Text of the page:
8. Thanks for the discussion. You did help clarify one thing for me-building up the varnish to the original level not being considered revarnishing. I think this explains why the violins looked so good in the finish. : Hi Steve: : If memory serves me right, the customer had to buy a new case because so much varnish stuck to it. It was really a mess! : Looking back, I think I could have saved the varnish. Of course, a lot would have been added. The Bisiach violin was from the period where he sealed the wood with a yellow material that was insoluable in alcohol. At this date in my career, I know to add color layers up to the thickness of the old varnish. Once the missing areas are filled, then polishing and rubbing would meld the surfaces together. Just guessing, I suppose about 60 % of the original varnish was there. I also know now that most Bisiach violins of the same time period had soft fragile varnish, and they have not worn gracefully. Technically speaking, adding a lot of varnish as needed for its repair is not re-varnishing. Yes, semantics, I know, but the value would not have been cut so much. : Another job came in today...same thing, except left in a car trunk in 85 degree weather! Luckily, varnish stuck to the case in only one spot...a piece of cake to fix!! The fiddle did have fuzz all over the spot that was touching the velour when the varnish melted! : Regards, : Al
  9. I have mostly heard that refinishing/restoring the varnish on a collectable quality violin reduces its value about 50%. But I have recently returned from a few trips to Italy, Germany, and Spain. I viewed many old violins in each country with prices of $20,000 and up. Without exception the luthiers or shop owners felt that whether it was refinished or original varnish didn't matter much. They said what was important was the state of the finish now. I know this sounds like heresey but that is what was so suprising. Does anyone care to offer why the difference of opinion between 'common knowledge' and these experts in all three countries.
  10. : My doctor recommended the molded ear plugs called : musician ear plugs. I've never heard of these. Where did you go to get them? Always interested Jim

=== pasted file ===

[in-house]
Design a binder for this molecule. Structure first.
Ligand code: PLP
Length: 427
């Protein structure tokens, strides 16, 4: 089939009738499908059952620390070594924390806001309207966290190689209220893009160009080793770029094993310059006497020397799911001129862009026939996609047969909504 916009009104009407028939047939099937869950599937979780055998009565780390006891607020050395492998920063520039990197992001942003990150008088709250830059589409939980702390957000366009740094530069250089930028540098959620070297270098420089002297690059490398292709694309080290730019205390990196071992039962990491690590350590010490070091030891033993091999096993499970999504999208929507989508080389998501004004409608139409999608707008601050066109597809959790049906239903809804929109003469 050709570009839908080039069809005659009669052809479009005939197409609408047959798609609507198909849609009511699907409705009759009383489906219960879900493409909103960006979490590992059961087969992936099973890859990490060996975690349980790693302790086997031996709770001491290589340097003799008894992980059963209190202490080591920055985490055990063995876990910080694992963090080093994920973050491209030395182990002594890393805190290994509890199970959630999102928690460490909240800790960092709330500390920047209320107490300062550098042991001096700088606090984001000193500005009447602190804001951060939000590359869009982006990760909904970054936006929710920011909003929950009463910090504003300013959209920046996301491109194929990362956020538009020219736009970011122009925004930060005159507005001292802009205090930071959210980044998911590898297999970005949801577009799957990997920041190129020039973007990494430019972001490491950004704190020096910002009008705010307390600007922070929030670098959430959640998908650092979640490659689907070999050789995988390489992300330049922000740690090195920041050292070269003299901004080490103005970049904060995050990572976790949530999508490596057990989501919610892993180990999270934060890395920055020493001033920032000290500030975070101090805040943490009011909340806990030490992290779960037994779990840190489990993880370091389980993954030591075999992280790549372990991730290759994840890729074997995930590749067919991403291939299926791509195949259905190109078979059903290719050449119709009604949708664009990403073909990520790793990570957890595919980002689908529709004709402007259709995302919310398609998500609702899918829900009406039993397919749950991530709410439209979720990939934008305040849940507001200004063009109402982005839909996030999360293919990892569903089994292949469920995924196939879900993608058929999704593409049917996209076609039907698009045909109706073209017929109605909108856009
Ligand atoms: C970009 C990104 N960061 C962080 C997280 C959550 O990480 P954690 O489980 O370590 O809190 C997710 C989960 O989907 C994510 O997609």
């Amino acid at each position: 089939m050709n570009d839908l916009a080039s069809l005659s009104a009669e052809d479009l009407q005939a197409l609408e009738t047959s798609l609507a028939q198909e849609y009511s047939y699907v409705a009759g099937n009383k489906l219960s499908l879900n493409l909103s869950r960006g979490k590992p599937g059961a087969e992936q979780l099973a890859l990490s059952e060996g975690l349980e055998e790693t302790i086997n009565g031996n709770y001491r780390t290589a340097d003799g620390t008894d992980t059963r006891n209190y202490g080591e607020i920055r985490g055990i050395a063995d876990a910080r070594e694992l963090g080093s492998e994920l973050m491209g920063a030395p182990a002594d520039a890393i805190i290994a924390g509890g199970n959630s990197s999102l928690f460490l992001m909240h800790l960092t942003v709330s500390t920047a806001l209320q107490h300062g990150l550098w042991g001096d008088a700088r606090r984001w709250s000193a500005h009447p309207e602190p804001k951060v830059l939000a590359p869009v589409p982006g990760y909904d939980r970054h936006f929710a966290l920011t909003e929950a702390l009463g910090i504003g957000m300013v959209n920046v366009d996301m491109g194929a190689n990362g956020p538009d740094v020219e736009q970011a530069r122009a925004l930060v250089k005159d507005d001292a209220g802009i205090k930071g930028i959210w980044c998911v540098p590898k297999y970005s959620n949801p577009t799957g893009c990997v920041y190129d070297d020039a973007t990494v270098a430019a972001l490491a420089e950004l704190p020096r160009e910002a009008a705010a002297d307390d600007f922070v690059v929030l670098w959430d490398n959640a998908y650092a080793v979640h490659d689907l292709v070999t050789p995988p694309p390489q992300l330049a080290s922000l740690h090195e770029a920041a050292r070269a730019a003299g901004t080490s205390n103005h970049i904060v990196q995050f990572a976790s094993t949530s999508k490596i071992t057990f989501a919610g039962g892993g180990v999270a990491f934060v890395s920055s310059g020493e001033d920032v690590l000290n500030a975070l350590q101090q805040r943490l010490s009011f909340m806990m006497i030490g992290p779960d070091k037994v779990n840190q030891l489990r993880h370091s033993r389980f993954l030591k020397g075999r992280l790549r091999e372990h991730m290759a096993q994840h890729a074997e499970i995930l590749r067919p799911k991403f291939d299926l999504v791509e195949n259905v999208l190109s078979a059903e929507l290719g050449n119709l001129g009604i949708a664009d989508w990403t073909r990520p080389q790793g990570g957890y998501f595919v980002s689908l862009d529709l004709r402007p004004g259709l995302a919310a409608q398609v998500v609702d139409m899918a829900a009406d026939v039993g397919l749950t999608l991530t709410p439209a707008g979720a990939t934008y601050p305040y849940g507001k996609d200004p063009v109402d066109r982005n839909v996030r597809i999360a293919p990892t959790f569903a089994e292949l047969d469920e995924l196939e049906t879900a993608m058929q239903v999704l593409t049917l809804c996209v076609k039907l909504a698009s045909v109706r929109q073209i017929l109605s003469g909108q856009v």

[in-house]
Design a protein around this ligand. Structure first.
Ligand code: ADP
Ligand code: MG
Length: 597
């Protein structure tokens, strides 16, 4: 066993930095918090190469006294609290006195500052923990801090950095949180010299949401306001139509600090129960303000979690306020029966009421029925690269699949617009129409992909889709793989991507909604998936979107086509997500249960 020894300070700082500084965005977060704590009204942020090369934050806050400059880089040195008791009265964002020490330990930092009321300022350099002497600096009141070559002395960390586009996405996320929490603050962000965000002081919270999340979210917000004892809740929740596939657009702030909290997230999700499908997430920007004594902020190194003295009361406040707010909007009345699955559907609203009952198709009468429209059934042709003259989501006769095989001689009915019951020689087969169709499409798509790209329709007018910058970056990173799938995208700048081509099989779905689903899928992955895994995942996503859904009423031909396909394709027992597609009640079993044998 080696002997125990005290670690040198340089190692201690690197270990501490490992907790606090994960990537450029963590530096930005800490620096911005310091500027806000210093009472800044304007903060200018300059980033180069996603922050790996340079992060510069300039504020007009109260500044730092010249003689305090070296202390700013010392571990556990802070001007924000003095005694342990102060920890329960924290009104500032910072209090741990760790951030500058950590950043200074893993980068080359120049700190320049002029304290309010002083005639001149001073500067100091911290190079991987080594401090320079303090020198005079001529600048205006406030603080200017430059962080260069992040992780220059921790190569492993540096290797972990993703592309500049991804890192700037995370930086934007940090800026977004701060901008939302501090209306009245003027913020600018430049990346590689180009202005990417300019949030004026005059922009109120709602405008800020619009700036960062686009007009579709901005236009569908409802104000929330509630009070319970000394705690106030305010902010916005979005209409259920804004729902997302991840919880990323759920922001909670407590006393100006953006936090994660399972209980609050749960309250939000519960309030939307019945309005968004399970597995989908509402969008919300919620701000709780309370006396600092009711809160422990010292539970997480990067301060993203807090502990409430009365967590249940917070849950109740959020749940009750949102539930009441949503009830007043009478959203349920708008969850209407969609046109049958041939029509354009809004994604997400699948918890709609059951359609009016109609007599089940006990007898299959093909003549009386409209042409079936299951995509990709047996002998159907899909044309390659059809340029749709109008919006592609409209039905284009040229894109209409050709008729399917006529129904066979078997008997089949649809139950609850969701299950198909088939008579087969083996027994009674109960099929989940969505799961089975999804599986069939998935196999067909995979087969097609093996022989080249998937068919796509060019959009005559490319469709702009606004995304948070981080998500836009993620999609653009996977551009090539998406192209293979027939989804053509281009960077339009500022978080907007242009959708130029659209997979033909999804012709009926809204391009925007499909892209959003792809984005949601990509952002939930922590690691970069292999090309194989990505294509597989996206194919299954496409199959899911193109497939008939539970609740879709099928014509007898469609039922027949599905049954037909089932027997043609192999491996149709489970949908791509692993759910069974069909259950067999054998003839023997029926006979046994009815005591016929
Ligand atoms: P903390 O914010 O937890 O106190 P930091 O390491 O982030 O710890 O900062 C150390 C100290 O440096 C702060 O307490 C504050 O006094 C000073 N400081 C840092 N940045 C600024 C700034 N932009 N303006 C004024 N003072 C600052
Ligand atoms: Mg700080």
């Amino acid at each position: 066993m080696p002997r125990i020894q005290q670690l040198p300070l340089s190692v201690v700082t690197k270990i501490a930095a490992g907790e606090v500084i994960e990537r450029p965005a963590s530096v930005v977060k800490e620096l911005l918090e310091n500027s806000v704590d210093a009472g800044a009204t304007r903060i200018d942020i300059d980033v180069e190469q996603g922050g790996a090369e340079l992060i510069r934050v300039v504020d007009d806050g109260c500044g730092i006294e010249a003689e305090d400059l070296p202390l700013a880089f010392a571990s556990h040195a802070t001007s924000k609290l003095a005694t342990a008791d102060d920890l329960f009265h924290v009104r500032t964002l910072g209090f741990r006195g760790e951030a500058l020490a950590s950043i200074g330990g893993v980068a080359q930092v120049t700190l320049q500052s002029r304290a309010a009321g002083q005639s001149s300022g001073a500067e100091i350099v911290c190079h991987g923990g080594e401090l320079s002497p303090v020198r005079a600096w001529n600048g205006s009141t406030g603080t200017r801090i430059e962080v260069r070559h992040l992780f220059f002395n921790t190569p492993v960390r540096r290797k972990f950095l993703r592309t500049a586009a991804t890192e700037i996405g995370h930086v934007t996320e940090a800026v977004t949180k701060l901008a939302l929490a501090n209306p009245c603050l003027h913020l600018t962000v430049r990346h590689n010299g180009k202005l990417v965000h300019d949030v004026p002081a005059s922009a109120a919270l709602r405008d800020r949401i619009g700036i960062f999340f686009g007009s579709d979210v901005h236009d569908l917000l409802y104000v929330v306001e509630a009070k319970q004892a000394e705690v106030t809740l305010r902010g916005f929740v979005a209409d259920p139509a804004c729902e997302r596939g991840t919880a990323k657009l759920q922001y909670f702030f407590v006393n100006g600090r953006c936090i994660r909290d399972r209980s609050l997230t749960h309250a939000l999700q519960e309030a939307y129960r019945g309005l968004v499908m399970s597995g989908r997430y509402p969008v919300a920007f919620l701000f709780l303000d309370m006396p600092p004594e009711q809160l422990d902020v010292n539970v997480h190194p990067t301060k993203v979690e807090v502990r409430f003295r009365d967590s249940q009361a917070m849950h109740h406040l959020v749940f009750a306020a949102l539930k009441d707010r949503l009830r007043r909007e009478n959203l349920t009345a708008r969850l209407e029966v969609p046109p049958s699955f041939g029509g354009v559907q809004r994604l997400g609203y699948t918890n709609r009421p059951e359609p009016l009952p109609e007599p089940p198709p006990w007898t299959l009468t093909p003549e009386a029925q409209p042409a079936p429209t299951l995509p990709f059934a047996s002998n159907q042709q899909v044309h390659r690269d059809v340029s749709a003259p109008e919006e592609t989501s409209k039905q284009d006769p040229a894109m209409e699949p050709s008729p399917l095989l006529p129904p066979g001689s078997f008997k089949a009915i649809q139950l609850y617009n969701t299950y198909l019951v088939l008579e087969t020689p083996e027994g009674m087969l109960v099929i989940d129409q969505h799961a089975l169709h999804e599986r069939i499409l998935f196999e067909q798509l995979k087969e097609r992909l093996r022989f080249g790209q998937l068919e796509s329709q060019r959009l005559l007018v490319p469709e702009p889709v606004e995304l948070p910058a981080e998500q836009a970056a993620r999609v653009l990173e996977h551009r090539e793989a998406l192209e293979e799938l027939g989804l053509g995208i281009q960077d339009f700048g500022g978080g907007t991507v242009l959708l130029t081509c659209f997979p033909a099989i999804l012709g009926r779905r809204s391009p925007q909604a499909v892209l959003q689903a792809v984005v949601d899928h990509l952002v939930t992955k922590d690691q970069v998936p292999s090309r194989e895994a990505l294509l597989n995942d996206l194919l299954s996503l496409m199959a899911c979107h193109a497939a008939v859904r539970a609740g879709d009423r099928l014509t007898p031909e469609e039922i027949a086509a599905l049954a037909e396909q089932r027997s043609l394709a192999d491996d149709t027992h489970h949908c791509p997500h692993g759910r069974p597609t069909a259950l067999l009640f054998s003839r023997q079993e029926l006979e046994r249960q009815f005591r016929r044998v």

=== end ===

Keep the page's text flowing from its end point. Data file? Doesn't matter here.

11. : : I really love my Musafia case. I've seen his advertisements a few times. They look nice, but never seen a price quote. As a quasi-indigent amateur, that gives me pause. Could you give us a hint as to the price you paid? Or the price range of his cases? Peace and Grace, Jim
  12. Has anybody heard of a violin maker with last name of Bunicoh? Thanks for any help.
  13. To my surprise, from this board I read lots of criticisms on artists generally regarded as great players such as Yo-Yo Ma, Perlman, Mutter, ... I don¹t know... perhaps people on this boards are very critical. I have wondering which violinists people on this board think genuine great players. And why do you think they are great players? How do you think of Menuhin's playing who died yesterday?
  14. I seem to have somewhat less endurance than people who practice 5-6 hours a day. Just after half an hour, I feel tiredness in my arms and fingers and so I can hardly move them anymore with required precision in movement. Will I acquire strength in the end or do I have problems with posture?
  15. : The URL worked for me under Netscape. When I tried later, it worked fine. Sporatic problems are difficult to explain in the cyperworld. Sorry, Jim
  16. Larry, I see that you are a man of few words! :-)>. Well, Cheers anyway. Jim
  17. I'm interested in finding andor buying any Sears catologs from the 70's. If anyone knows of any, please let me know.